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Archive for February, 2017

Avolites Ai takes it up a ‘Notch’ at Passion 2017

24th February, 2017

Atlanta-based design company, Visional Productions, used three custom-built media servers running Avolites Ai V9.1 software and an Avolites Quartz console to control and live edit a mix of pre-recorded content and live-streamed video at an annual three-day Christian youth conference in Atlanta, Georgia. Passion 2017 drew in audiences of 50,000 young adults from around the globe to Georgia’s Atlanta Dome to discuss the Christian faith, fight modern day slavery and sponsor 7,000 children living in poverty.

 

The job of designing the dynamic media display system for Passion’s audience of tech-savvy 18-25 year olds fell to co-founder of Visional, Kyle Means. Means has been involved with Passion Conferences since 2013 through London-based production management company Black and White Live.

 

Turning to the latest Ai V9.1 software, and Notch, a real-time effects generator, Means was able to turn the event’s 48-segment automated LED wall into a huge, continuously morphing live video element.

 

“As Passion Conference had an organically developing format, they required the ability to be flexible in their delivery, moving songs and programming elements around – sometimes just minutes before a session would start,” says Means. “It was important that we could seamlessly move from look to look; with Ai’s extensive Art-Net control, we were able to change any node parameter in real time and create amazing live moments across the show’s wide array of video surfaces.”

 

Show designer Nathan Paul Taylor’s concept for Passion 2017 centered around a cross-shaped stage situated in the middle of the Georgia Dome, mirrored above by a cross of LED panels.

 

“I worked with Nathan and the creative team at Passion to create a ‘playbook’ of 14 different screen position presets,” says Means. “Using this method, we were able to quickly come up with a series of looks that we could use in any order across the screens. As lighting drives the atmosphere, it was also important that we considered the design ideas that the lighting designer Ed White had in mind for the event. We therefore chose IMAG colour treatments and Notch effects that complemented his vision nicely.”

 

As the flown LED panels were able to expand and contract via an automated hanging truss, Means used Ai to create IMAG effects that would work with the gaps generated between the panels as they moved.

 

“Ai has the ability to interpolate and account for negative space between 3D models based on control values,” says Means. “I set up Servers A and B to receive the automation data from the show and used that to morph the 48 3D models each to create tracking effects.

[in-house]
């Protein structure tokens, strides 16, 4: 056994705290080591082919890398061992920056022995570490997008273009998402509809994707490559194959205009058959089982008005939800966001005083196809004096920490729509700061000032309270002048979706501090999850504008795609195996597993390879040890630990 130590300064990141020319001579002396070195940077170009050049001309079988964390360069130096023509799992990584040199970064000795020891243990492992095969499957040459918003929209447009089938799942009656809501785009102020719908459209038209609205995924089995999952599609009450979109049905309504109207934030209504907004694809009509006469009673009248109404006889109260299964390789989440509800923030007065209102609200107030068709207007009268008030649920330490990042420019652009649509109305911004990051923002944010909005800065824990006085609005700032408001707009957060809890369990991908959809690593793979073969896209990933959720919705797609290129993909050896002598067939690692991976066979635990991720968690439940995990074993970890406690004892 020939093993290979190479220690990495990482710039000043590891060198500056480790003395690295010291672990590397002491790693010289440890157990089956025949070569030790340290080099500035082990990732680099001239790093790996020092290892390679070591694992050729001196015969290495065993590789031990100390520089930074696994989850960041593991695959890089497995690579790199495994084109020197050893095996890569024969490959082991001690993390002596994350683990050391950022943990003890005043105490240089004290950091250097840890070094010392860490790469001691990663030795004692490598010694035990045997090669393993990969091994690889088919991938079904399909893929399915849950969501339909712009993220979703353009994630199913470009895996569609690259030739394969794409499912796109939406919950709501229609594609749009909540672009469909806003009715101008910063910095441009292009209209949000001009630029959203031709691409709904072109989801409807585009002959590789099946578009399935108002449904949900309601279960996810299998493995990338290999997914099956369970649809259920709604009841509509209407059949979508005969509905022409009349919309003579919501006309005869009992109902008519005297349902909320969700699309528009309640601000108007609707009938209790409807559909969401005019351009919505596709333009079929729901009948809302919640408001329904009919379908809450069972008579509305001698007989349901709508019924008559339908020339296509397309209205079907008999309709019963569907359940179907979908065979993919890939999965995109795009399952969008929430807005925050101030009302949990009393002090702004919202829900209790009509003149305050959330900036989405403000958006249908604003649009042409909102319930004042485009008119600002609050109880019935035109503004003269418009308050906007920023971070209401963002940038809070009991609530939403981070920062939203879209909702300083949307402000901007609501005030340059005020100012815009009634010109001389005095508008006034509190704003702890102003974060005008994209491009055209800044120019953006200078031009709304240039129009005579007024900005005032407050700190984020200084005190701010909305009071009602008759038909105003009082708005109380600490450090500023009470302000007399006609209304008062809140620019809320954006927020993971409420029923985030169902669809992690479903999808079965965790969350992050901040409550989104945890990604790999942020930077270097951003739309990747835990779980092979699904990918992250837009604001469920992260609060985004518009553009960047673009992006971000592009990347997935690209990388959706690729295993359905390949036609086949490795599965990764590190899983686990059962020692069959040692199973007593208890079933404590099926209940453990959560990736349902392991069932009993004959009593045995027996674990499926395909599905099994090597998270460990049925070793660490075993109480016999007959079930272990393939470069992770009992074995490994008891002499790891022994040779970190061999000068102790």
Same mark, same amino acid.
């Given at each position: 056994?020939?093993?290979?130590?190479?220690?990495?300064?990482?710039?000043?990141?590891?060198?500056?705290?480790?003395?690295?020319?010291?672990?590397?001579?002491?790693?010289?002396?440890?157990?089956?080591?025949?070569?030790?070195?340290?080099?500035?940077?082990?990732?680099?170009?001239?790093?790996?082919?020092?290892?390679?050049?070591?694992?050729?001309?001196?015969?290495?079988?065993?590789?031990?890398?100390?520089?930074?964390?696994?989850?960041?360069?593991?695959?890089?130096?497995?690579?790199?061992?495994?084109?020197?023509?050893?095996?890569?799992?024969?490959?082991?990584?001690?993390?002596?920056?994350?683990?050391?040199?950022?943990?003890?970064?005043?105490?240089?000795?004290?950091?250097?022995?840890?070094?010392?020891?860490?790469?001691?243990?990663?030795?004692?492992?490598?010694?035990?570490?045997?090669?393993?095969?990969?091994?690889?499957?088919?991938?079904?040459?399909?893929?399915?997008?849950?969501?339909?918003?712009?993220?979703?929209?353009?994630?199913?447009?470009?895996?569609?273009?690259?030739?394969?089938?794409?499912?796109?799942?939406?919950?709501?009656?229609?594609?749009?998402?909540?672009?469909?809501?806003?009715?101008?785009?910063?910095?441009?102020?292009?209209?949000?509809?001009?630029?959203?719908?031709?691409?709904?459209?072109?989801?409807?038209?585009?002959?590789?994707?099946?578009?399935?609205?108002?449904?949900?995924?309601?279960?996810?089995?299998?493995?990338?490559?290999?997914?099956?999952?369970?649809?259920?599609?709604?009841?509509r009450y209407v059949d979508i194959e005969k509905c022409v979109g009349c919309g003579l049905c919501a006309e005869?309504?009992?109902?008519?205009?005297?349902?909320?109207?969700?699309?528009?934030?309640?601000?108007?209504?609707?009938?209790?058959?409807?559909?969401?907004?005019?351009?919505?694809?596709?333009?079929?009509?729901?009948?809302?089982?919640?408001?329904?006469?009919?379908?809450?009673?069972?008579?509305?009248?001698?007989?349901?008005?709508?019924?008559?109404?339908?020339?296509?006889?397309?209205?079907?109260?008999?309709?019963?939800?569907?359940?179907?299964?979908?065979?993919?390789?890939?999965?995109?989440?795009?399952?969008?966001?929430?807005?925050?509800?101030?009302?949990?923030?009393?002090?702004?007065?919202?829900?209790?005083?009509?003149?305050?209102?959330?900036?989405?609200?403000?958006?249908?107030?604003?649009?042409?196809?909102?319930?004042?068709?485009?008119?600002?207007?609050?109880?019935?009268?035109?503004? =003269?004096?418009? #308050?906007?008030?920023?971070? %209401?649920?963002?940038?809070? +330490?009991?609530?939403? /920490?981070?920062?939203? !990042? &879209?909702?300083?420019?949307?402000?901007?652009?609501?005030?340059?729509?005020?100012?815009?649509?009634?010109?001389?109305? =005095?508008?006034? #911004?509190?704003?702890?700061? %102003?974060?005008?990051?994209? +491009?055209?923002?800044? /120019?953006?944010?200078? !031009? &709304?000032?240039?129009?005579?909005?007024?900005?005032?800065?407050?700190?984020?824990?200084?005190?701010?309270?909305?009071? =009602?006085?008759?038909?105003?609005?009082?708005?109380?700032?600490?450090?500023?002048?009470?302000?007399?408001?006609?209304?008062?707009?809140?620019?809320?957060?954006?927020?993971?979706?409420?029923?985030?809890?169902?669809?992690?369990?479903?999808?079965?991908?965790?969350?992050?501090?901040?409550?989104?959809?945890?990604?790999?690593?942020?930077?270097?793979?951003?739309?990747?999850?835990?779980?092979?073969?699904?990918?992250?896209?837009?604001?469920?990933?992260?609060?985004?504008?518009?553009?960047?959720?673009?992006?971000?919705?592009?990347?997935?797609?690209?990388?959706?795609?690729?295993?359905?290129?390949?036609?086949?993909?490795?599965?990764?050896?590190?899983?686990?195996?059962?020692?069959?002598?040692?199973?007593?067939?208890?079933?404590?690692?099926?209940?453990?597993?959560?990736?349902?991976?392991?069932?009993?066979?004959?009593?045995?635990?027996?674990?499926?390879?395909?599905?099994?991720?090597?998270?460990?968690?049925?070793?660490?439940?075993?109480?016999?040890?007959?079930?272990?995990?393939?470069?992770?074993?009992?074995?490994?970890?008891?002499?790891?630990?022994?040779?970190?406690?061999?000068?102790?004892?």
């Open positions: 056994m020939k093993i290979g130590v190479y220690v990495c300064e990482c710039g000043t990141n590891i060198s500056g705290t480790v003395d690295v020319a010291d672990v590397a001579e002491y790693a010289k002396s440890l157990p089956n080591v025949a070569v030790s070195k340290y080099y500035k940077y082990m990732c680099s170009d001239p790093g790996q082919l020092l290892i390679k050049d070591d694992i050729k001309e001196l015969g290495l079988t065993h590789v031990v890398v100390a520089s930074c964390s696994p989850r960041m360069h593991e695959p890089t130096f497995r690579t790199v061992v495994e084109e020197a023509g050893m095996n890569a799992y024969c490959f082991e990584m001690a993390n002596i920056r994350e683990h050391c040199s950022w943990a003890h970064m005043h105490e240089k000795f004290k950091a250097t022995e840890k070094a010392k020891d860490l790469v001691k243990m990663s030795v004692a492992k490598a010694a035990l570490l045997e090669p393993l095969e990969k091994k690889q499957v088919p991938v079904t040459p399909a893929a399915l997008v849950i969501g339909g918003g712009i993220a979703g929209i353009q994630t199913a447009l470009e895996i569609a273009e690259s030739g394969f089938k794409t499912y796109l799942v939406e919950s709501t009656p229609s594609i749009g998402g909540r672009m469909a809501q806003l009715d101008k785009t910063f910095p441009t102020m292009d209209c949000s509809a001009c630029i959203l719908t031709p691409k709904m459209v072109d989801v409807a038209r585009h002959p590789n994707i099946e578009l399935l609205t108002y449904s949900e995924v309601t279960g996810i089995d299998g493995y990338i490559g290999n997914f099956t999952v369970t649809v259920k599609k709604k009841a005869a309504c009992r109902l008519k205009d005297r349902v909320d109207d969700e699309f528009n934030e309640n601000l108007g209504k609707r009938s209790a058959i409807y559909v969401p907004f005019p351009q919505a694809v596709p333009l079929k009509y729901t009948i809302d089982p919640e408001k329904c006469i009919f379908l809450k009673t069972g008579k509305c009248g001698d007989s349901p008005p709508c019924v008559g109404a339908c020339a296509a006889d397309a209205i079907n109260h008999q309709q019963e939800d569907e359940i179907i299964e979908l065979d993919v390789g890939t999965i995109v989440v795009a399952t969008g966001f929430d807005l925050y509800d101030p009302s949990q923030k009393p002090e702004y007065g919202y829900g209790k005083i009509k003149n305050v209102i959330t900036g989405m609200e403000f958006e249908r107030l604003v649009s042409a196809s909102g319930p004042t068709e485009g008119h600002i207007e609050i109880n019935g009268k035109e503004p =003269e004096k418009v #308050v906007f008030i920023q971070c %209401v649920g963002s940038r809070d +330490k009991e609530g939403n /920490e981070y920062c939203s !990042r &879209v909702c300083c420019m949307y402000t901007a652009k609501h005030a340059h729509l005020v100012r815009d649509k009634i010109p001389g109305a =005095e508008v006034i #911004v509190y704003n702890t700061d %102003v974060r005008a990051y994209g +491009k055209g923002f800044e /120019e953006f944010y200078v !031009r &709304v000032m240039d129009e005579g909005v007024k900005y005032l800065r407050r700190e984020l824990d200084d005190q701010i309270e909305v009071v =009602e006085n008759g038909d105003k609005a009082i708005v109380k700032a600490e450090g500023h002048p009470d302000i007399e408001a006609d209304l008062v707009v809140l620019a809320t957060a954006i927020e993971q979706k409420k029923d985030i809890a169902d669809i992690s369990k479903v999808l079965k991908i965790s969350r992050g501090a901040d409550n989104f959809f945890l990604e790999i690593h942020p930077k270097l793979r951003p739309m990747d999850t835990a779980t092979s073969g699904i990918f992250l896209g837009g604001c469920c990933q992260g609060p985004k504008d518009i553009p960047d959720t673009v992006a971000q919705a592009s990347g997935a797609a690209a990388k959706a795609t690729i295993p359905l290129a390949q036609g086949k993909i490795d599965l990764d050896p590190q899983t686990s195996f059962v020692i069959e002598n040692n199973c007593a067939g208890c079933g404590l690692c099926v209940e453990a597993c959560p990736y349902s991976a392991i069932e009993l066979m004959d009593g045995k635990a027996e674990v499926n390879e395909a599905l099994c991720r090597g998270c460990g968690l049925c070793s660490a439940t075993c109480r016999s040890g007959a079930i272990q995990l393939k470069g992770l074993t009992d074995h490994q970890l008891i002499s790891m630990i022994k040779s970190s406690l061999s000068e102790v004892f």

“Server A and B also handled all the other LED screens around the stage, the end-zone jumbotrons, and a 16:9 screen output that was routed to screens all over the venue. Server A did IMAG effects, Notch and content, while Server B always had simple dry IMAG, as a backup. The third server, Server C, received a live input with song lyrics, and mapped it to the club level LED ribbon boards in real-time. All three Ai servers were simultaneously controlled by the Quartz.”

 

Means, who is an experienced computer systems builder, has worked with many media servers over the past 14 years. He cites the Ai media server as being the most ‘open and feature rich’ media server currently on the market and has been a stalwart fan since discovering Ai in 2014.

 

“One of the greatest strengths of Ai is its Salvation node-based programming environment,” says Means. “For Passion 2017 we had less than 24 hours to load in the show. I needed the ability to simulate Kinesys automation position data so I could program looks well before the event. Using a combination of control, smoothing and switch nodes, I was able to mock up every layout in the ‘playbook’ so we could visualize it all ahead of time. It was truly amazing!”

 

Aside from the media server’s node-based programming, Means says his ‘go-to’ features are Ai’s output region tools, that allows designers to configure a large projection screen surface across all available video outputs and Ai’s colour and layer mixing modes. These features support Means in “turning a few simple loops and graphics into a wide range of looks”.

 

Means continues, “I’ve used lots of media servers over the years, and they all have their pros and cons. What makes me choose Ai and what made me choose it for Passion 2017 specifically is the open, node-based design that lets me use it in different ways. I’ve been a user since Ai V6, so I’ve seen a lot of progress and I can’t wait to see what’s in store for the future.”

 

Returning to The Georgia Dome for the first time in four years, Passion 2017 ran between the 2-4th January. During this time audiences heard presentations from Christian authors and speakers such as Christine Caine, Beth Moore, John Piper, Levi Lusko, Francis Chan, and Katherine and Jay Wolf. Audiences also were led in Christian worship by the Passion Band (helmed by Kristian Stanfill, Brett Younker and Melodie Malone), Chris Tomlin, Crowder, Matt Redman, Christy Nockels and Hillsong UNITED.

Passion 2017 marked one of the final events held at the Dome before its planned demolition this year. Founded by Louie and Shelley Giglio, Passion Conferences has been uniting college students around the world for the past 20 years, hosting over 50 events in more than 16 countries. Passion’s 2018 conference will be held in Atlanta’s Philips Arena.

For more information about Passion Conferences, visit 268generation.com.

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